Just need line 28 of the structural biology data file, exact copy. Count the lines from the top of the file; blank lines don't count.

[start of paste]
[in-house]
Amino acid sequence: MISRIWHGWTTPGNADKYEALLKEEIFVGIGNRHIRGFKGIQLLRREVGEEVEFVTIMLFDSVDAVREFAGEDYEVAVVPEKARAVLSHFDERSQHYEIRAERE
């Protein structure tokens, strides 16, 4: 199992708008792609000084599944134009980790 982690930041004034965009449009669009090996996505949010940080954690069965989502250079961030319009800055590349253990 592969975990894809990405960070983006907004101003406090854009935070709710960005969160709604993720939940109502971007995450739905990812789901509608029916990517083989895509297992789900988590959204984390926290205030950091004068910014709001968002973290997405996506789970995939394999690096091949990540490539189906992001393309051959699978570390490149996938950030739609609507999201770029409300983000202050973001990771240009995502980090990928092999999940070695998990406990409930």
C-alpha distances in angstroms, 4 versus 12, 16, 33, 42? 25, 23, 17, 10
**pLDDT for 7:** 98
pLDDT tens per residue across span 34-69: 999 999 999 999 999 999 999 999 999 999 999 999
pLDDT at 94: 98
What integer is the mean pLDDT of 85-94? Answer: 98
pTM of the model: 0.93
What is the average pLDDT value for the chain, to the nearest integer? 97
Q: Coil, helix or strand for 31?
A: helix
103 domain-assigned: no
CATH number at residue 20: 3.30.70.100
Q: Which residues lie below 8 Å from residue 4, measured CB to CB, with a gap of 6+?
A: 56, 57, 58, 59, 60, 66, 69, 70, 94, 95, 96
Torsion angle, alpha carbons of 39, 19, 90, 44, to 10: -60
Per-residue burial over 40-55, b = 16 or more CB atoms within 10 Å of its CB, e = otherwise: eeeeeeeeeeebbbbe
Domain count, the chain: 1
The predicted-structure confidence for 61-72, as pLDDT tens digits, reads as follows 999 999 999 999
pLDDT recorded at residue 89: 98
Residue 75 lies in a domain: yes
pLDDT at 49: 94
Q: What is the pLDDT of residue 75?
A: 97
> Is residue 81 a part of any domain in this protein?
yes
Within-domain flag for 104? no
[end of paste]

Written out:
Within-domain flag for 104? no